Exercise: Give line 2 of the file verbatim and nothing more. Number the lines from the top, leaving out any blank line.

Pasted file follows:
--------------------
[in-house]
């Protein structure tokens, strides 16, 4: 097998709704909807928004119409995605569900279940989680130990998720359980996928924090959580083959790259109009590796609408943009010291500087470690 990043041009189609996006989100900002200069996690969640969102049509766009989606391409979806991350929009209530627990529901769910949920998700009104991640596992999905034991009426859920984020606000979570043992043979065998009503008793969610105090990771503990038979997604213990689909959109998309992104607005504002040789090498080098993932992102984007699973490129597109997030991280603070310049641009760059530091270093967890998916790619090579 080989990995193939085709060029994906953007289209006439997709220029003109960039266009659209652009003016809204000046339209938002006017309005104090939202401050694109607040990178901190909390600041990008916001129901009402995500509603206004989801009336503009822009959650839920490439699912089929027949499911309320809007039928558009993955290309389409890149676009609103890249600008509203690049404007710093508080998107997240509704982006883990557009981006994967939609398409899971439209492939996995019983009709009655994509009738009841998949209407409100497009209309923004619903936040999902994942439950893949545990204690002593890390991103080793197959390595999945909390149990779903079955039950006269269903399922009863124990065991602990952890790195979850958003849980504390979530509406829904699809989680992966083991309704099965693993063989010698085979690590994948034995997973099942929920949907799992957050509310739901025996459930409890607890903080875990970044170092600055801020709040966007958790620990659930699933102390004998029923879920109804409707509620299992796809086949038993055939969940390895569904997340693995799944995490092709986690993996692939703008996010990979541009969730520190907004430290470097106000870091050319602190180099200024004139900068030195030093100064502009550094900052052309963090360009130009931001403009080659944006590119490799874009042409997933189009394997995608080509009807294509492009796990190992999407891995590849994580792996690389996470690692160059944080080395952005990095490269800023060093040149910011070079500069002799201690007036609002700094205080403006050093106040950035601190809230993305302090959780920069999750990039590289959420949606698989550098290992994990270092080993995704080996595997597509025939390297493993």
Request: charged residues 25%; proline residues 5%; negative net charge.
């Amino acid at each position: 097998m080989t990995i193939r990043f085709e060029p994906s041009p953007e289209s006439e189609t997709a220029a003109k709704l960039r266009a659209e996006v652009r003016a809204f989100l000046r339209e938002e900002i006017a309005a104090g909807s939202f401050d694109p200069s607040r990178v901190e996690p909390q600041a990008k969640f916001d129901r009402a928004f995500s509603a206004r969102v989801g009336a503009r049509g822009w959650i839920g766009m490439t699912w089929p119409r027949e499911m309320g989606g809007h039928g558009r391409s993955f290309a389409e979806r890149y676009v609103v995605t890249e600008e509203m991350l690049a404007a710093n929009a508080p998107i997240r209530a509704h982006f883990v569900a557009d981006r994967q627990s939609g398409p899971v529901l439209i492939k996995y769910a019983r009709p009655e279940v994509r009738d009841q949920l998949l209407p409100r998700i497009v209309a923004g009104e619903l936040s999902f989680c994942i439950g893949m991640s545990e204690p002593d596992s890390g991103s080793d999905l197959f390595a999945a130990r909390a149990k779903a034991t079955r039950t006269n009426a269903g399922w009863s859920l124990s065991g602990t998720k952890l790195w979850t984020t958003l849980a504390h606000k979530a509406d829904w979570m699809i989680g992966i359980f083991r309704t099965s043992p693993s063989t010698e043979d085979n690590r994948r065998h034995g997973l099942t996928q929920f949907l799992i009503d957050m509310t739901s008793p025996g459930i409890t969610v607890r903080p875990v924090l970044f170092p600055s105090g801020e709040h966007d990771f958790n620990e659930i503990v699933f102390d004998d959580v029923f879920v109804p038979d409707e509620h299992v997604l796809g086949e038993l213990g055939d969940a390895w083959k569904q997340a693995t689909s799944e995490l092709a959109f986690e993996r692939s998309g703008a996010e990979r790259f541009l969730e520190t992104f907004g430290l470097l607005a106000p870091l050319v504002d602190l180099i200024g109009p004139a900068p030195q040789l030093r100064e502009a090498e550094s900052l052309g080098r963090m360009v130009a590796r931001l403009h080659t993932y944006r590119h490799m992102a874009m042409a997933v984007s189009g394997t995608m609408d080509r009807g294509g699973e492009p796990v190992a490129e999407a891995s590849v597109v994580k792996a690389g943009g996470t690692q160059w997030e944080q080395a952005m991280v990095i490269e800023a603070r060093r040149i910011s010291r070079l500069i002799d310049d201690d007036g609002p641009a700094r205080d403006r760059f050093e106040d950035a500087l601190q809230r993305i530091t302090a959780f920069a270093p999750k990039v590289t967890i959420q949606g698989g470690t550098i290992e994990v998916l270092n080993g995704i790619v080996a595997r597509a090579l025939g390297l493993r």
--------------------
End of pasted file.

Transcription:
């Protein structure tokens, strides 16, 4: 097998709704909807928004119409995605569900279940989680130990998720359980996928924090959580083959790259109009590796609408943009010291500087470690 990043041009189609996006989100900002200069996690969640969102049509766009989606391409979806991350929009209530627990529901769910949920998700009104991640596992999905034991009426859920984020606000979570043992043979065998009503008793969610105090990771503990038979997604213990689909959109998309992104607005504002040789090498080098993932992102984007699973490129597109997030991280603070310049641009760059530091270093967890998916790619090579 080989990995193939085709060029994906953007289209006439997709220029003109960039266009659209652009003016809204000046339209938002006017309005104090939202401050694109607040990178901190909390600041990008916001129901009402995500509603206004989801009336503009822009959650839920490439699912089929027949499911309320809007039928558009993955290309389409890149676009609103890249600008509203690049404007710093508080998107997240509704982006883990557009981006994967939609398409899971439209492939996995019983009709009655994509009738009841998949209407409100497009209309923004619903936040999902994942439950893949545990204690002593890390991103080793197959390595999945909390149990779903079955039950006269269903399922009863124990065991602990952890790195979850958003849980504390979530509406829904699809989680992966083991309704099965693993063989010698085979690590994948034995997973099942929920949907799992957050509310739901025996459930409890607890903080875990970044170092600055801020709040966007958790620990659930699933102390004998029923879920109804409707509620299992796809086949038993055939969940390895569904997340693995799944995490092709986690993996692939703008996010990979541009969730520190907004430290470097106000870091050319602190180099200024004139900068030195030093100064502009550094900052052309963090360009130009931001403009080659944006590119490799874009042409997933189009394997995608080509009807294509492009796990190992999407891995590849994580792996690389996470690692160059944080080395952005990095490269800023060093040149910011070079500069002799201690007036609002700094205080403006050093106040950035601190809230993305302090959780920069999750990039590289959420949606698989550098290992994990270092080993995704080996595997597509025939390297493993």